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Morphological studies of polymer electrolytes for fuel cell application

Titel Englisch Morphological studies of polymer electrolytes for fuel cell application
Gesuchsteller/in Kohlbrecher Joachim
Nummer 135074
Förderungsinstrument Projektförderung (Abt. I-III)
Forschungseinrichtung Paul Scherrer Institut
Hochschule Paul Scherrer Institut - PSI
Hauptdisziplin Physikalische Chemie
Beginn/Ende 01.04.2011 - 31.10.2013
Bewilligter Betrag 220'700.00
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Alle Disziplinen (3)

Disziplin
Physikalische Chemie
Chemische Verfahrenstechnik
Physik der kondensierten Materie

Keywords (5)

polymer electrolyte fuel cell; proton exchange membrane; scattering techniques ; SANS; SAXS

Lay Summary (Englisch)

Lead
Lay summary
The polymer electrolyte fuel cell is a clean and efficient electrochemical energy conversion device that converts chemical energy from a fuel (here: hydrogen) directly into electric energy. In contrast to a conventional battery, a fuel cell consumes the reactant from an external source and the exhaust emission would be simply water. Fuel cell systems are attractive for portable electronics, distributed power sources, and electric vehicles. Despite the increasing interest in ion-conducting polymer electrolytes, the influence of the molecular composition on the morphology, and the influence of the morphology on the functional properties are far from being understood. Small-angle neutron scattering (SANS) and small-angle X-ray scattering (SAXS) are used to probe the morphology of the fuel cell membranes on the nanometer scale. By that we aim to understand and interpret fundamental relationships between the molecular content, the macromolecular structure, the morphology, and the fuel cell-relevant properties of graft-copolymer electrolytes. Although over the past decade substantial advances have been made in the technology of polymer electrolyte fuel cells, the limited durability and inherently high cost of commercially available electrolytes still impede the large-scale market introduction. Understanding fundamental structure-property relationships in graft-copolymer electrolytes contributes to the design of copolymer architectures having optimal properties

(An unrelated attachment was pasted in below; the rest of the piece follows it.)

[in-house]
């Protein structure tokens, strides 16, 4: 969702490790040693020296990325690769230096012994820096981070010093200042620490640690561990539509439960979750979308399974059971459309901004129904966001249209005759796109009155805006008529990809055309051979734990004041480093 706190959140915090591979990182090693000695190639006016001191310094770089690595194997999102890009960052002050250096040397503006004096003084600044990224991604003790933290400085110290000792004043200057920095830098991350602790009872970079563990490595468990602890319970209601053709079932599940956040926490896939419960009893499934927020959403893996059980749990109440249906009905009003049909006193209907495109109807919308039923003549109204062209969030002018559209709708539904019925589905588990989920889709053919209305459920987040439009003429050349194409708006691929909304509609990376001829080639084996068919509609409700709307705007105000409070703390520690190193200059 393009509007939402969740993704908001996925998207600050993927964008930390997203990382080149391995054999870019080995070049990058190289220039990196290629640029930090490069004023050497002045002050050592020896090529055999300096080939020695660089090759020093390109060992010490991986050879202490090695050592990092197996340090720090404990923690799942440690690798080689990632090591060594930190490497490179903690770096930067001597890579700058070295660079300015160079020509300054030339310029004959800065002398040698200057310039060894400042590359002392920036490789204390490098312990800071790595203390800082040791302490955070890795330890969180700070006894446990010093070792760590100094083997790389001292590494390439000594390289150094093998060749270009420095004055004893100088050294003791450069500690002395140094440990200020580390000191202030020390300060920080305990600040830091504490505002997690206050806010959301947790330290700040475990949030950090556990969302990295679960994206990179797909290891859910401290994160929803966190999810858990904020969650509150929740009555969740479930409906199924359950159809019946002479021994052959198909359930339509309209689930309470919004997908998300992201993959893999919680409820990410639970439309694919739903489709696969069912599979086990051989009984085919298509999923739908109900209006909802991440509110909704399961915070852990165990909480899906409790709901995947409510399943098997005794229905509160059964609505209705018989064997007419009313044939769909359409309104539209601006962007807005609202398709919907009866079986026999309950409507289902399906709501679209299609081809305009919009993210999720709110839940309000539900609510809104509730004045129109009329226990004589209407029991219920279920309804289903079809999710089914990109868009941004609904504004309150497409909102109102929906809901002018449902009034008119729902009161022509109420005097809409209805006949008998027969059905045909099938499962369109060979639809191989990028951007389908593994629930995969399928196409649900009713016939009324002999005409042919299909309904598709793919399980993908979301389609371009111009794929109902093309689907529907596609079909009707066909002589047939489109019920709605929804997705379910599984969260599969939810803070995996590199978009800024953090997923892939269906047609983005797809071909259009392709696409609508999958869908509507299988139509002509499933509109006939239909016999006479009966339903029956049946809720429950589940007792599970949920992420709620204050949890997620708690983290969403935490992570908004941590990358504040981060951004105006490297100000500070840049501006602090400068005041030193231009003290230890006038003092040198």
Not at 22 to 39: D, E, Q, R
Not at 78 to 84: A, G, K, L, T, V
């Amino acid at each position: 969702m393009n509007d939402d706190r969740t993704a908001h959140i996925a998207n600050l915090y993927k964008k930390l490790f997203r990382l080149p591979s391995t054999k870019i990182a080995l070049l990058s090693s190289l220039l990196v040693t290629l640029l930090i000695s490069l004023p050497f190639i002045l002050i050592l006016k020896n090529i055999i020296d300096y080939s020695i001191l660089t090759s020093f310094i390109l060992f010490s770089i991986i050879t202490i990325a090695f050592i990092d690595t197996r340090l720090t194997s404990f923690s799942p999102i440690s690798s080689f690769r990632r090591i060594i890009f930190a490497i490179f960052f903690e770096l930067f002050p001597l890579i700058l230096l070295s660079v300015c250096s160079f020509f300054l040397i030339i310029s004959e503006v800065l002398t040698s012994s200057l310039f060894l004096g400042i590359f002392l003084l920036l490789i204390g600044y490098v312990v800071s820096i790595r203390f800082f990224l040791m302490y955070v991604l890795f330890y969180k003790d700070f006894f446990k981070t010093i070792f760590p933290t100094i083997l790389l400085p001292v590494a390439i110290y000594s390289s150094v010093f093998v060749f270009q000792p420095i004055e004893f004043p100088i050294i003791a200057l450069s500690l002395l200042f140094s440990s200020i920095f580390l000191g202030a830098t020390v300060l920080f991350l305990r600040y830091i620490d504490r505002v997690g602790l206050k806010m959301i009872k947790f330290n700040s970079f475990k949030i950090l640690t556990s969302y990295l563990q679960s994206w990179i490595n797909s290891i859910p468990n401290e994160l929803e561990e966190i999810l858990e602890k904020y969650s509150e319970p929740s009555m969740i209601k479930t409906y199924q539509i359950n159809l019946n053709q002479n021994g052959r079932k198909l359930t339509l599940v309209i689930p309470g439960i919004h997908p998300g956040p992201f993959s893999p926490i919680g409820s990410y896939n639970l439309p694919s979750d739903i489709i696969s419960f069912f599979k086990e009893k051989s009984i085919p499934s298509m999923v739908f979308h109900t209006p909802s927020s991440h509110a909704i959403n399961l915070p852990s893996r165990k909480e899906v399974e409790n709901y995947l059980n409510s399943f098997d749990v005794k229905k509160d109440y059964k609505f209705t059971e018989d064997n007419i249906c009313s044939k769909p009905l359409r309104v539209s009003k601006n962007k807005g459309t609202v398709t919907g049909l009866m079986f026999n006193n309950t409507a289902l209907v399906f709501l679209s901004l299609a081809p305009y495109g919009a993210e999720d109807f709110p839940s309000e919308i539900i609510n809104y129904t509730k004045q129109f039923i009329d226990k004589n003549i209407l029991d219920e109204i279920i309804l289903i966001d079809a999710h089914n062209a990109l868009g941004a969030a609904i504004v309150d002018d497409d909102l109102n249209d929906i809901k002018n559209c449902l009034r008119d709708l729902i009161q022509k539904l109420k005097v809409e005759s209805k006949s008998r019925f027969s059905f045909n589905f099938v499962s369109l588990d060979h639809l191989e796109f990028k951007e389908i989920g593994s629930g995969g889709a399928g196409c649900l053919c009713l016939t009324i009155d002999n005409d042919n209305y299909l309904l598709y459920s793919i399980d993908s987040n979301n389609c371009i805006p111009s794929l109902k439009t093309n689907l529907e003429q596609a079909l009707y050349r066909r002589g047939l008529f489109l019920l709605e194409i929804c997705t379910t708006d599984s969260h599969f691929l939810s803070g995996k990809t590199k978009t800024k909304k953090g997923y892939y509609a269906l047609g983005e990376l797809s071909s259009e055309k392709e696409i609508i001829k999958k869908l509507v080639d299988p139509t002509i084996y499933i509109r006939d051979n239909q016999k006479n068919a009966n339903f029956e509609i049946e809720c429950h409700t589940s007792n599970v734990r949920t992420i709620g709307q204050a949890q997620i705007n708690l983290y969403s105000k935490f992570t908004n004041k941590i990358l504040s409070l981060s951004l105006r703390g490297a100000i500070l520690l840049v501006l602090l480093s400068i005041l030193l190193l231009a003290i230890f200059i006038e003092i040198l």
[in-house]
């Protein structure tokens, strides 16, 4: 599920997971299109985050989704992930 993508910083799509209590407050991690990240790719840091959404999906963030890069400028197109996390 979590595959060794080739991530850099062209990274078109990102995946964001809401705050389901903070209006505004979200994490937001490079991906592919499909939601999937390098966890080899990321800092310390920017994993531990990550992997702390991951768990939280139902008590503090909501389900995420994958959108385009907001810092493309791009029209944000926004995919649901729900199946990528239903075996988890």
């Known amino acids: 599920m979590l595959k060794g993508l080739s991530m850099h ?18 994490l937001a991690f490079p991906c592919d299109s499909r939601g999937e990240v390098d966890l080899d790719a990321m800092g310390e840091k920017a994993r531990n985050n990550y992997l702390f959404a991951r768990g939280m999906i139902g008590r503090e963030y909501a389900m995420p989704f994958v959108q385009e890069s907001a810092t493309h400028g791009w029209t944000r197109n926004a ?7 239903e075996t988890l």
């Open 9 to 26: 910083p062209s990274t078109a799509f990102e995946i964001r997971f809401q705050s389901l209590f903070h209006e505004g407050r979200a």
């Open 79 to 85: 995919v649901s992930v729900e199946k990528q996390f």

Direktlink auf Lay Summary Letzte Aktualisierung: 21.02.2013

Verantw. Gesuchsteller/in und weitere Gesuchstellende

Mitarbeitende

Publikationen

Publikation
Structure of the hydrophilic phase and its impact on the conductivity of graft copolymer ionomers at low hydration level
S. Balog U. Gasser K. Jetsrisuparb L. Gubler (2013), Structure of the hydrophilic phase and its impact on the conductivity of graft copolymer ionomers at low hydration level, in Polymer, 54, 4266-4275.
Structure of the ion-rich phase in DVB cross-linked graft-copolymer proton-exchange membranes
Balog S, Gasser U, Mortensen K, Ben Youcef H, Gubler L, Scherer GG (2012), Structure of the ion-rich phase in DVB cross-linked graft-copolymer proton-exchange membranes, in POLYMER, 53(1), 175-182.
Nano-scale morphology in graft copolymer proton-exchange membranes cross-linked with DIPB